Specifying sustainable commercial furniture fabric will soon become a whole lot easier. The NSF/ANSI 336 standard for furniture fabric officially was finalized this past April and fabrics that meet the U.S. standard will be certified for sustainability on three levels, silver, gold, and platinum, much like the well-known LEED rating system for sustainability in buildings. The NSF promoted the new development at NeoCon® 2011 to help explain the new program’s intricacies to designers.
“The NSF/ANSI standard is significant in that unlike those of several other third-party certifiers, which measure a single attribute, such as indoor air quality, it is a sustainability assessment covering a product’s entire life cycle,” says NSF business unit manager Petie Davis. “It’s a multi-attribute standard based on performance requirements, and like the LEED system, it also is based on a point system. Among the attributes evaluated for a fabric to meet the new standard are material content, design for the environment, manufacturing process, public health, social indicators, and end-of-life issues, such as recycling and reclamation.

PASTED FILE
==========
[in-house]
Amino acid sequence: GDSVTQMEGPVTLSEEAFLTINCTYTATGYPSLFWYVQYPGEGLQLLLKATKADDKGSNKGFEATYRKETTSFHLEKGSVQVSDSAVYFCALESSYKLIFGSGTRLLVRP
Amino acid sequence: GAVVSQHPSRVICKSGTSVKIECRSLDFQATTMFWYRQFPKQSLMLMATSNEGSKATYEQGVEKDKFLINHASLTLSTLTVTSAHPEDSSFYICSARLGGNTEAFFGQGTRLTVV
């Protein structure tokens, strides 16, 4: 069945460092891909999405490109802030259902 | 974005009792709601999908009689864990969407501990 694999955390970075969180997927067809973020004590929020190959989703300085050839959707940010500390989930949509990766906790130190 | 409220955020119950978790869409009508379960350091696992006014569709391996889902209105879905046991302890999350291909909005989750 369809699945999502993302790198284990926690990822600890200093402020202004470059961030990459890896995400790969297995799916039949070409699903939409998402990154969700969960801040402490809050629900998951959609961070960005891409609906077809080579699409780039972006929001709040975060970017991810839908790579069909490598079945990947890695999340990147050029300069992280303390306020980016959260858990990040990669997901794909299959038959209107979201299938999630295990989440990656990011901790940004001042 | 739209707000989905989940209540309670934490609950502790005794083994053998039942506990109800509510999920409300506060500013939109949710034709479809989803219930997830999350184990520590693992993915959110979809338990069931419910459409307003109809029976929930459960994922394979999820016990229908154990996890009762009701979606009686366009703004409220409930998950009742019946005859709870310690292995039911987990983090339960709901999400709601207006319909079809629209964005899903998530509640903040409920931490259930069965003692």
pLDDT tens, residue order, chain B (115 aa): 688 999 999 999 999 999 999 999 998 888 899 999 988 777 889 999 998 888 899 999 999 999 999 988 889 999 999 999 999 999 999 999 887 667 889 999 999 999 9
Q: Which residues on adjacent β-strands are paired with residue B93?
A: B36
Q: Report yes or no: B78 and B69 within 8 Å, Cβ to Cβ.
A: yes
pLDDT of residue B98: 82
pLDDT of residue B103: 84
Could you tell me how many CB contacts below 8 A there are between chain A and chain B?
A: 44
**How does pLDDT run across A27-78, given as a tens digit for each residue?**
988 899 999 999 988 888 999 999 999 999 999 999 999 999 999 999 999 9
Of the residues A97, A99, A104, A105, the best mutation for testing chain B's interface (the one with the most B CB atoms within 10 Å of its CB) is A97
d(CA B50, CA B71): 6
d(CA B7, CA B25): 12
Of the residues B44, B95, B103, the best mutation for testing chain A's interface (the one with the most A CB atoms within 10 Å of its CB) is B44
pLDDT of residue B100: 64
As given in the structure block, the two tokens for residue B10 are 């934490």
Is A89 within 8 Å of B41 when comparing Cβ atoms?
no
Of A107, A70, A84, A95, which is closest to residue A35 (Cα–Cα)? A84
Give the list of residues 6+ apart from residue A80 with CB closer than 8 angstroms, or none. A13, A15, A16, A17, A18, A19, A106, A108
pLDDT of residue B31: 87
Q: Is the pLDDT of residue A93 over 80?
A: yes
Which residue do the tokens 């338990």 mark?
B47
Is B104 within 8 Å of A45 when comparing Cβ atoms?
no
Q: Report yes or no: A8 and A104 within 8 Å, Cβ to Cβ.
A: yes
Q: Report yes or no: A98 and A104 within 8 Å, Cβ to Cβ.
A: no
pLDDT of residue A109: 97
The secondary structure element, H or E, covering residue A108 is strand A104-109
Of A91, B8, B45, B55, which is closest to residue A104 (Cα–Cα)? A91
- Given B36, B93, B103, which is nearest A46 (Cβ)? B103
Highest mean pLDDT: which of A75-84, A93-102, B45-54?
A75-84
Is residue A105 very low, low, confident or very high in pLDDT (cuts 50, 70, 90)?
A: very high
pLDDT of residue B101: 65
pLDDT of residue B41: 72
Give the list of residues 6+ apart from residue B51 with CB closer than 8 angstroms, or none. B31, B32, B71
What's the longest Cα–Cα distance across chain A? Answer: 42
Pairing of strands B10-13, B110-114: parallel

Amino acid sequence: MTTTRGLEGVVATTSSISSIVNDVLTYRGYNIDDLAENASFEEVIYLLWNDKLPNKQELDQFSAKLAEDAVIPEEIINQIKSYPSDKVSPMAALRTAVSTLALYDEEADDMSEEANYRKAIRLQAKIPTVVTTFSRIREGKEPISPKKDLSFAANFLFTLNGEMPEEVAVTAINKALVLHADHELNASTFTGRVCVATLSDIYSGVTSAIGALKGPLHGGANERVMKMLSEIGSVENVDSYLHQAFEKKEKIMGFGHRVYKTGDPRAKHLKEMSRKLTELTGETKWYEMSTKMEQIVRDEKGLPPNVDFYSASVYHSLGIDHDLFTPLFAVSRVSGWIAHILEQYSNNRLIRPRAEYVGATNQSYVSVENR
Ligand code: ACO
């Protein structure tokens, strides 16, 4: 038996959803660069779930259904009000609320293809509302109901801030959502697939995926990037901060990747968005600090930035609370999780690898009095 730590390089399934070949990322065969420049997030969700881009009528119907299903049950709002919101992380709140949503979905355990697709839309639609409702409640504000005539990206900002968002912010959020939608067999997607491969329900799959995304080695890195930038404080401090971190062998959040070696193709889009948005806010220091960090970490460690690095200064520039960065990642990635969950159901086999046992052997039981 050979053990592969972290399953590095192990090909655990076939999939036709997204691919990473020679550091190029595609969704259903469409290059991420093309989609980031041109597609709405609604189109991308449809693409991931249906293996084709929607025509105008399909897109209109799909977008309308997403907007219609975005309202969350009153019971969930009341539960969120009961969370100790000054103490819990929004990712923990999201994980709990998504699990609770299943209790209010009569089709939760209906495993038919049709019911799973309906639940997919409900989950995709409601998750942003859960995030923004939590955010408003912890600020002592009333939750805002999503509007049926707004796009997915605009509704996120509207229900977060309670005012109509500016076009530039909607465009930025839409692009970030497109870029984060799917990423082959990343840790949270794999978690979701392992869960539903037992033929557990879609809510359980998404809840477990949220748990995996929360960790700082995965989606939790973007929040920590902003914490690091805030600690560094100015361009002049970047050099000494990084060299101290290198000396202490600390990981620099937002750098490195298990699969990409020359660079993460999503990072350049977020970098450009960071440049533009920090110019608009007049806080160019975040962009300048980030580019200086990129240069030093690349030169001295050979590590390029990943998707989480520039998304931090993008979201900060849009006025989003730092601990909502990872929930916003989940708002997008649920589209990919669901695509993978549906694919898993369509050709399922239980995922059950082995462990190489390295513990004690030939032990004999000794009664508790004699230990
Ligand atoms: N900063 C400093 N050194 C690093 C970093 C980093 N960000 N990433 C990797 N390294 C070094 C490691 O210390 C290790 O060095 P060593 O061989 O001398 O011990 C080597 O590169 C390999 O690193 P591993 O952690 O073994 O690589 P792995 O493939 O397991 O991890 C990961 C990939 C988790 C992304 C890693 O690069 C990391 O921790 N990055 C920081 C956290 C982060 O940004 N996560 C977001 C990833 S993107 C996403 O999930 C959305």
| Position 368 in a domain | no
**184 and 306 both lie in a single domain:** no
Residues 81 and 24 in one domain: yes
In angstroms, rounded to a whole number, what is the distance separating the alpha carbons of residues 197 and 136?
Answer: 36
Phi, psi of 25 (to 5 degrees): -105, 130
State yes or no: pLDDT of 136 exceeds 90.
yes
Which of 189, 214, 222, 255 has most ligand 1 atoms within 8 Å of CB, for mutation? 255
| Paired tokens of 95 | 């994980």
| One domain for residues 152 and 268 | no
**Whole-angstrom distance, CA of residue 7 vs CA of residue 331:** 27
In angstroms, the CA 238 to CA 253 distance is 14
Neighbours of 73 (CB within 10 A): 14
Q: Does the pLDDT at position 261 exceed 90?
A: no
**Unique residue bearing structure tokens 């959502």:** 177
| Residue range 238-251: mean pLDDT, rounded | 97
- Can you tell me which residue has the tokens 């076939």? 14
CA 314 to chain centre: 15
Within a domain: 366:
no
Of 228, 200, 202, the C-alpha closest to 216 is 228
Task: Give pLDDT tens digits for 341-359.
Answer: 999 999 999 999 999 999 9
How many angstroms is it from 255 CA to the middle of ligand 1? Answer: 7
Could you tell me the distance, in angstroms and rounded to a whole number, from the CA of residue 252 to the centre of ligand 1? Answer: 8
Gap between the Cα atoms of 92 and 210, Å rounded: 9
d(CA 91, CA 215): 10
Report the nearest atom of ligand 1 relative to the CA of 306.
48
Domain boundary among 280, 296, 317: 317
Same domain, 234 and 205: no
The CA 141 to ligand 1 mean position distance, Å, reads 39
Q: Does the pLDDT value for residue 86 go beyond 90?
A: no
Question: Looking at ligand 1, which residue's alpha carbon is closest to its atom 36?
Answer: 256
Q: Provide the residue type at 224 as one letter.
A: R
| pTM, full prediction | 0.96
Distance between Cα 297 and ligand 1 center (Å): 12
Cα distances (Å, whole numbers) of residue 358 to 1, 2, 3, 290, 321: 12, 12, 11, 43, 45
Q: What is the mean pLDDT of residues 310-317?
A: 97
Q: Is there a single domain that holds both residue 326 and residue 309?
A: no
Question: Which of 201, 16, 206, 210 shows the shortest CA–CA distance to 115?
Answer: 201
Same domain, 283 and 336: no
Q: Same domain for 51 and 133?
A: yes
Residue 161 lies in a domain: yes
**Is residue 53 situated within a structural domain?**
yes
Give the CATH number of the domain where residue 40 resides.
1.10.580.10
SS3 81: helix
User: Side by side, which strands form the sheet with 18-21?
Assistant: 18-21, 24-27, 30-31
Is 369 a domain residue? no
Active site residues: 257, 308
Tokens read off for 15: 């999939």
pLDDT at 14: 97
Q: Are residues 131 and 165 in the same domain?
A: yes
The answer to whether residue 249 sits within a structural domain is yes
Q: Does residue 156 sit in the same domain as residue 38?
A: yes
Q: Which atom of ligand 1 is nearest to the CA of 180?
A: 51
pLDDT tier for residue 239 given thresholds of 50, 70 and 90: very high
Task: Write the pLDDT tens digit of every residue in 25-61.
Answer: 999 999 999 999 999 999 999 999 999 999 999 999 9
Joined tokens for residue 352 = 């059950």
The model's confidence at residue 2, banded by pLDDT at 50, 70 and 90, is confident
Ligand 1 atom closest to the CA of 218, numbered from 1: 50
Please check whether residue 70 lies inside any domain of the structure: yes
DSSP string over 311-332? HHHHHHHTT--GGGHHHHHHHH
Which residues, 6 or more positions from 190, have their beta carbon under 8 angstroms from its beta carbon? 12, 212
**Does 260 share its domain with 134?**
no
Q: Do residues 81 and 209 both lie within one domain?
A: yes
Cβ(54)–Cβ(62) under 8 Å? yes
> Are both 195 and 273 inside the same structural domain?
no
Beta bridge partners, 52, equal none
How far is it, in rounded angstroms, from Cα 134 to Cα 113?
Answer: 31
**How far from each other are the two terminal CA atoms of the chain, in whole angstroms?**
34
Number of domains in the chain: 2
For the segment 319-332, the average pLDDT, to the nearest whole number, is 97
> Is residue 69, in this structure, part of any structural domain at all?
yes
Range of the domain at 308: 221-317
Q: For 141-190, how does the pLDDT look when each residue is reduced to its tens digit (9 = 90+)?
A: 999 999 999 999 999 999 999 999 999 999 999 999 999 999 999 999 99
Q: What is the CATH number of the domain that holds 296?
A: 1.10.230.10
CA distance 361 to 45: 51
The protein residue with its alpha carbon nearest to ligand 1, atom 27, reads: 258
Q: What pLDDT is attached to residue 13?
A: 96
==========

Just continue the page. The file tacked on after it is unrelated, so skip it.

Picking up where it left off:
Drivers for the new standard are the U.S. Green Building Council (USGBC), the body that developed the LEED system, and the General Services Administration (GSA), both of which sought a national standard by which to evaluate commercial furniture fabric for sustainability. “Architects, designers, and specifiers also have been demanding a uniform, transparent sustainability standard that would give them the assurance they need to specify sustainable product,” says Davis.
The new standard is the fifth NSF/ANSI standard for commercial interiors products. For more information, contact Petie Davis at nsf.org.